Although garages can be a great storage or parking space, there comes a time where they may no longer be useful or necessary for you. So what to do with the existing space? Along with the wave of standalone accessory dwelling units, general contractors have seen a rise in conversion of existing detached garages into accessory dwelling units (ADUs, also known as guest houses or casitas), which offer flexibility and space.
There are two main options when choosing to alter your garage: conversion or demo. They both utilize the available space of a garage, but the process varies greatly. Read on for some questions and answers before deciding whether to demo or convert your garage.
What is the difference between garage conversion and an ADU?
Either an attached garage or a detached garage could be converted into an ADU. Regulations for attached ADUs are slightly different than detached. For example, an attached ADU may typically be no larger than half the square footage of the primary dwelling unit. This is something to consider when deciding to convert your garage into an attached accessory dwelling unit. However, a detached accessory dwelling unit can be as large as 1,200 sqft (check your local ADU limits, as some cities only allow 1,000 sqft), regardless of the size of the primary dwelling. Furthermore, although it seems like common sense, a converted garage is not new construction, so the process, timeline, budget and key variables will look different. We will discuss this more later on.
Can I convert my detached garage into a guest house?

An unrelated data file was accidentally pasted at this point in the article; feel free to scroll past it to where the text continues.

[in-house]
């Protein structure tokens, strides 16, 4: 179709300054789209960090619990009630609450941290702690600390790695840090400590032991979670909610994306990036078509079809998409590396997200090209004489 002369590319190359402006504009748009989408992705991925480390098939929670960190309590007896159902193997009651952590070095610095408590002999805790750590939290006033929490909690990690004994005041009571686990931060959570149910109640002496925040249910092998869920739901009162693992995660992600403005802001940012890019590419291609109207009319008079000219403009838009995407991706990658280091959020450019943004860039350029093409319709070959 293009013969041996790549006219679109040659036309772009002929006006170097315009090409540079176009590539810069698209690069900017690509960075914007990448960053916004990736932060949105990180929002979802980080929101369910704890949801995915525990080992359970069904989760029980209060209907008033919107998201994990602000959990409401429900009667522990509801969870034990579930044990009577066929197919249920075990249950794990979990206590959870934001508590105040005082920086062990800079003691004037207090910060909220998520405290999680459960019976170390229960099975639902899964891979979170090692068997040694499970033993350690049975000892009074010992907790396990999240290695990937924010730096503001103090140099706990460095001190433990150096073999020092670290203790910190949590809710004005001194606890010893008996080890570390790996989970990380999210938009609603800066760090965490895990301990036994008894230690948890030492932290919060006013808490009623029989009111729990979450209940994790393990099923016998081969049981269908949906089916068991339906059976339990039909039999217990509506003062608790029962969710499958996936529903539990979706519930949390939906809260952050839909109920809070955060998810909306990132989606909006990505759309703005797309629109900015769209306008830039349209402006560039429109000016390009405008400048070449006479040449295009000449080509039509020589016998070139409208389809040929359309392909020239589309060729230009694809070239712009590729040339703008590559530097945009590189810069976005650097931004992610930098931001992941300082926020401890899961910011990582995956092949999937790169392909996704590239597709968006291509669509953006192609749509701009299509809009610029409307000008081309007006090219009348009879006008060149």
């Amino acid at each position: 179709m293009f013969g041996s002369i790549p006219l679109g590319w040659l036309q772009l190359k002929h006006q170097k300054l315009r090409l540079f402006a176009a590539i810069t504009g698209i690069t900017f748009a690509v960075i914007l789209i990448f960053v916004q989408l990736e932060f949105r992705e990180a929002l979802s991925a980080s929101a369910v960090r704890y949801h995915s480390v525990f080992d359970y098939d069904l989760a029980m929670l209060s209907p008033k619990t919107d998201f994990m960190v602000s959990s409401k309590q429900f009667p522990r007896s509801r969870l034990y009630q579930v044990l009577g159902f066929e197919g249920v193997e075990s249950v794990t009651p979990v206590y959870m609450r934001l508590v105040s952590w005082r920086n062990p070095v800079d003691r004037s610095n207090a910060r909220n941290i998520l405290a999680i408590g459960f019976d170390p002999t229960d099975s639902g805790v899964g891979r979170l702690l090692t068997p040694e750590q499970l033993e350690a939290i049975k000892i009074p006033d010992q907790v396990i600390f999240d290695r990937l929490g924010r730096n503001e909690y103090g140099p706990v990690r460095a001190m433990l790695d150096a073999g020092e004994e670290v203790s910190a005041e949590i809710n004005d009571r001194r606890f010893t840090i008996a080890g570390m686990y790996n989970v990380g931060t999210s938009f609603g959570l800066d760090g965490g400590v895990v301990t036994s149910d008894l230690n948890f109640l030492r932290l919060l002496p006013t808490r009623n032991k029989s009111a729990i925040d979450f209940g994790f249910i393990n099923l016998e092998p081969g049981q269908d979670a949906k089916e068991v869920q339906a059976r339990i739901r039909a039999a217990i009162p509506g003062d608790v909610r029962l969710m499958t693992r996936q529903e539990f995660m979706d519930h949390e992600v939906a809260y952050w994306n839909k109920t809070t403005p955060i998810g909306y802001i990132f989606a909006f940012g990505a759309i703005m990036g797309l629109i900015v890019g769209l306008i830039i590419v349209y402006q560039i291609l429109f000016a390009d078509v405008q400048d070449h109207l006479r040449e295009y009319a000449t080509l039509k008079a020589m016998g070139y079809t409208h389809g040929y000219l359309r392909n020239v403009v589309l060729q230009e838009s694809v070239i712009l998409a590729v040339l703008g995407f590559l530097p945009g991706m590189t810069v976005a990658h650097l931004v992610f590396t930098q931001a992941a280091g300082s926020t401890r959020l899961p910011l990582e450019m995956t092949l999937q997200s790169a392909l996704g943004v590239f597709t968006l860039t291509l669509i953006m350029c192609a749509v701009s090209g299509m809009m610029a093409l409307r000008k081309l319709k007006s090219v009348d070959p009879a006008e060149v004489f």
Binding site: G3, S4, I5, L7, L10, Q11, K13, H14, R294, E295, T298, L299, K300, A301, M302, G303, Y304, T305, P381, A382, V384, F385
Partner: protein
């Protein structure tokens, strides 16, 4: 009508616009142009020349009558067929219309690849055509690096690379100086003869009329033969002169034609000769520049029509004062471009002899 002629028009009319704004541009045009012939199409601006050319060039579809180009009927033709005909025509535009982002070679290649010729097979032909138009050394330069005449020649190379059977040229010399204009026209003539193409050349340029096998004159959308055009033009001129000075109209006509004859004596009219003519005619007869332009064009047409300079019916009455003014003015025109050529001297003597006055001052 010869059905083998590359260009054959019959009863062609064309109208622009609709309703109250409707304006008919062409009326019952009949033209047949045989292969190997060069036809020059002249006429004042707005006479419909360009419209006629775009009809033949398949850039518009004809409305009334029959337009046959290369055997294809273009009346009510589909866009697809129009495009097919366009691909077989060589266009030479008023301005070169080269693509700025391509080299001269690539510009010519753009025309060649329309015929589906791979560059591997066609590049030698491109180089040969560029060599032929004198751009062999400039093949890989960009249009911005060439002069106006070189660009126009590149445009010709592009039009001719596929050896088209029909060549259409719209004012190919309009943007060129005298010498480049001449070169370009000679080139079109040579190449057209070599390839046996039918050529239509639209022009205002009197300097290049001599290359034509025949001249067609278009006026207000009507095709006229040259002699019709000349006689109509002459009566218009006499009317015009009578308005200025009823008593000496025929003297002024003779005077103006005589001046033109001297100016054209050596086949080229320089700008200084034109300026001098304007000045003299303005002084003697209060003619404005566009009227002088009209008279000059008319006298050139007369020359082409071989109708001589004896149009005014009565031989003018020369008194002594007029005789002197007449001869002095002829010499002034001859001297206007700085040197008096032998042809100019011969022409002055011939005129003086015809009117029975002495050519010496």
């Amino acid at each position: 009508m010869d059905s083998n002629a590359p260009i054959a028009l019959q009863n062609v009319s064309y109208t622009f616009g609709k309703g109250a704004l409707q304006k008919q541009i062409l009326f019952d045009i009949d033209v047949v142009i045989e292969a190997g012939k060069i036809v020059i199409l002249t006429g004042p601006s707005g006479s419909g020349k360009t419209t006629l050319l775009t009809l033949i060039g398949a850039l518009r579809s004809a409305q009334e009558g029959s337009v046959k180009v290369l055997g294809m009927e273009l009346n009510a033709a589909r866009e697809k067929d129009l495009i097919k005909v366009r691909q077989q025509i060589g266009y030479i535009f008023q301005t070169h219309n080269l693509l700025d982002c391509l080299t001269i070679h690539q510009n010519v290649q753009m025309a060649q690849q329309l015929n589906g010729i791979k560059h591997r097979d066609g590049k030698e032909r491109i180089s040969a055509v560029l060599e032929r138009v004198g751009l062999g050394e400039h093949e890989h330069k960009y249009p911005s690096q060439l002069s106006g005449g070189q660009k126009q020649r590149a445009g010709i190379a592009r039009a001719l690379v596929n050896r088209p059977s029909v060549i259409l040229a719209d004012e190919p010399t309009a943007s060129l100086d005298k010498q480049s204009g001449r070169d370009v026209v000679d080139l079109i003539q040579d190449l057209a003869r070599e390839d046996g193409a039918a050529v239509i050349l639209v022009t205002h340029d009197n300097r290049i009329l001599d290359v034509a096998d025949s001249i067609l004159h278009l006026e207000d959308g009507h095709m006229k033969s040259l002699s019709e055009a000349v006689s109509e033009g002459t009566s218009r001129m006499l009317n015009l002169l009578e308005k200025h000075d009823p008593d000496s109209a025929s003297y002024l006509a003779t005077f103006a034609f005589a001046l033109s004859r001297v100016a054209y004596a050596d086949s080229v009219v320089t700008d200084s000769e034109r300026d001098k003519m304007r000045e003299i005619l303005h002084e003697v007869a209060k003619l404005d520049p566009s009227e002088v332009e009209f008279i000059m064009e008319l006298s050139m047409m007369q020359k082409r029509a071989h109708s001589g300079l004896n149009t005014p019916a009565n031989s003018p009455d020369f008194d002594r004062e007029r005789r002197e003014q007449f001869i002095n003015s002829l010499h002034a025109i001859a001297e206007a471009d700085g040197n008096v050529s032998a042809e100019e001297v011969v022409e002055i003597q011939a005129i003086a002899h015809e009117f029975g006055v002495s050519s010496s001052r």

California state regulations include an interesting loophole for converting detached structures to ADUs; there is no established upper size limit for the conversion. This means you could convert a 2,000 sqft garage or barn into an ADU. You could achieve this by converting the space or by demolishing and building new in the same footprint as the old structure. This rule may be challenged in some municipalities, though. But we did recently receive feedback from the Carlsbad planning department that this would be permissible (example in question was a massive 2,800 sqft garage). If this is something you are interested in looking into, be sure to read up on your area’s regulations and discuss it with your contractor.
Can I build an ADU above my garage?
In short, yes, you can build an ADU above a garage. If your garage is attached to your primary dwelling, your ADU will be subject to attached ADU regulations, as mentioned above. Adding an ADU to an attached garage will trigger an additional demolition permit because building an ADU would be considered altering the primary residence. This can potentially draw out the permitting process and building process, as an additional wall will need to be constructed between the two residences in accordance with a specific two-hour fire rating.
If you are building an ADU above an existing or new detached garage, you will be subject to height restrictions set by the municipality. Many jurisdictions allow a guest house to be twenty four feet tall at most, although this is subject to change depending on the area you are in. You can find more information on ADUs over garages and your city’s ADU regulations on our website.